Brokers encourage retail clients to bet more on markets by lowering trading costs

Stock brokers are encouraging retail clients to bet more on the markets by loweringtrading costs. Brokers are allowing clients to boost exposure to stocks and futures with the same upfront margins that they require them to pay up for initiating smaller bets.

The move is an attempt by brokers to stay afloat as uncertain markets have driven away clients, leading to a decline in trading activity and earnings.

But, the higher exposure comes with an express condition that these positions will be squared off on the same day.

“It’s also a question of our own survival,” said a stock broker, who did not wish to be identified. “By asking clients not to hold on to their positions overnight, we save them from undue risk, but giving them more leeway to trade intra-day helps us retain them and stay competitive in these tough times.”

This is how it works: A client wanting to trade, say, one lot of Nifty futures places a 10% margin, or 24,250 (assuming Nifty is around Monday’s close of 4850), with his broker, a leverage of 10 times. He normally settles the mark-to-market position – difference between the purchase price of one lot and Nifty’s daily closing price – on a daily basis.

Now, however, his broker allows him to take exposure to two lots of Nifty against the margin for one lot provided he closes out his positions by the day end. This increases a client’s leverage. Even in single stock futures, where a client puts up 13-15% margin, the leverage can be increased by allowing him to trade up to 4-5 lots against a margin for one lot.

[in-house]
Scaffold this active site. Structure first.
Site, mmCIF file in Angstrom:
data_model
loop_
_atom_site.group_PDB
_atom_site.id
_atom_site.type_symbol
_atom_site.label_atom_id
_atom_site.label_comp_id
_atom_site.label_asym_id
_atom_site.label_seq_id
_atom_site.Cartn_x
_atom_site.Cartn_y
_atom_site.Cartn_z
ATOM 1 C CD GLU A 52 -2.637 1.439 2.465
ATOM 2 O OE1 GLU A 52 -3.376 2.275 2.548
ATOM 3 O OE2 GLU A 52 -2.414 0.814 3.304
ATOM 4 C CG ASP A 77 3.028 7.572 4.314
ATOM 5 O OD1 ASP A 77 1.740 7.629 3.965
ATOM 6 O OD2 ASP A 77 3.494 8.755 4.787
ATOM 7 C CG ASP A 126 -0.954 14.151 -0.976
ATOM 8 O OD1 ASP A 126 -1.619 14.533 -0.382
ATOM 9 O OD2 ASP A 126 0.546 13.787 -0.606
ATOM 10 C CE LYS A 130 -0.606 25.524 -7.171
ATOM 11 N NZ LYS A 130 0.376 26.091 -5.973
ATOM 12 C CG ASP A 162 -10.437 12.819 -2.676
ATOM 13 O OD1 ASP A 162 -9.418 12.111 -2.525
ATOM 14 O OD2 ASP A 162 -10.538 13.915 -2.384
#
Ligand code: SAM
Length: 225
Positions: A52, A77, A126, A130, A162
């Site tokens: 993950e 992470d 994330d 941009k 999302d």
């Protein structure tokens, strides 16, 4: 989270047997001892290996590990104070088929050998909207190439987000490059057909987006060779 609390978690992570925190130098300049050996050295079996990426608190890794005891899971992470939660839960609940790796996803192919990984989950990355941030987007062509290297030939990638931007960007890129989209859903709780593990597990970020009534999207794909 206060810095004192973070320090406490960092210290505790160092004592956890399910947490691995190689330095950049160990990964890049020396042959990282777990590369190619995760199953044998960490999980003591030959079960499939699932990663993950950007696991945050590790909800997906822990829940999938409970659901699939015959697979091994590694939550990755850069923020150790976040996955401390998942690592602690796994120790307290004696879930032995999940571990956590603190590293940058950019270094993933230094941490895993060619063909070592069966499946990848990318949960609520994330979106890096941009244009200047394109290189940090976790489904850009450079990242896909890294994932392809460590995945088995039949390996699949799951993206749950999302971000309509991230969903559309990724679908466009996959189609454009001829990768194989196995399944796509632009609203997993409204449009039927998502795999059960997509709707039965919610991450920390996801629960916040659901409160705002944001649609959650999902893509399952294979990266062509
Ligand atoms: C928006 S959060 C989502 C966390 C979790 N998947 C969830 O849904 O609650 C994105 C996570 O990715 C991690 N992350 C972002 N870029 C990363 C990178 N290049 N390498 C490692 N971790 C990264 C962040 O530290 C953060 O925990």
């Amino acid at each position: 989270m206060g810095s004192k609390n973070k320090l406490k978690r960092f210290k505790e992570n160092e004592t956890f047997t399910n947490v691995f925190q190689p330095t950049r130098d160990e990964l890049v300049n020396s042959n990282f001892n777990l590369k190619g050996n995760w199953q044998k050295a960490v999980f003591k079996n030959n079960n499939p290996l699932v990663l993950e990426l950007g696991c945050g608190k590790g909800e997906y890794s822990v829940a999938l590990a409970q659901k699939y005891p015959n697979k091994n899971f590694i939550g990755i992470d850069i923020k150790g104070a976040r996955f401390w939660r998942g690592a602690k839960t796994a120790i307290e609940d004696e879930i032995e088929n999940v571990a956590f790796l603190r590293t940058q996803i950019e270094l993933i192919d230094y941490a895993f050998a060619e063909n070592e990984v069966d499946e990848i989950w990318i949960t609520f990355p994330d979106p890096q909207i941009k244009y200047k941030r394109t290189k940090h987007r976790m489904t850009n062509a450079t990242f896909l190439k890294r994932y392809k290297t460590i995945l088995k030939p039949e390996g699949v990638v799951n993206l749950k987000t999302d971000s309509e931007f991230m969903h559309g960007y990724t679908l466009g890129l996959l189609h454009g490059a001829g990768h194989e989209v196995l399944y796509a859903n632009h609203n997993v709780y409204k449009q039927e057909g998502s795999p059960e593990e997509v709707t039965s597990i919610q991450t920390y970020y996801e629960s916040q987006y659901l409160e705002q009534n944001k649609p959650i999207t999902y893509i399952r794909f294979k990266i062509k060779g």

Brokers said the condition of mandatorily squaring up the position on the same day lowers the risk of such trades. Brokers say this is a win-win situation for both as it allows a client to reap extra profits on low margin while helping brokers to earn higher brokerage by posting greater volumes.

Higher exposure during the day can still turn out to be risky if the market makes a big move on either the up- or downside as it can multiply the losses of clients who have limited loss-bearing capacity.

“We strongly advocate that clients should not do over-leverage as it could cause them losses beyond their capacity and force brokers to take client losses on their books if the market moves suddenly and sharply intra-day,” said Vinay Agrawal, ED-equities, Angel Broking.”

(curtsey: economic times)

Rupesh Yatesh Dalal
Head Research Department


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Apart from overnight risks, brokers cite a Sebi norm which took effect last September for an increase in intra-day leverage. The norm prescribes a penalty on brokers for any shortfall or non-collection of margin from clients. Earlier, a penalty was considered only at the aggregate level but the regulator has since made penalty incumbent on shortfall in a client’s account.

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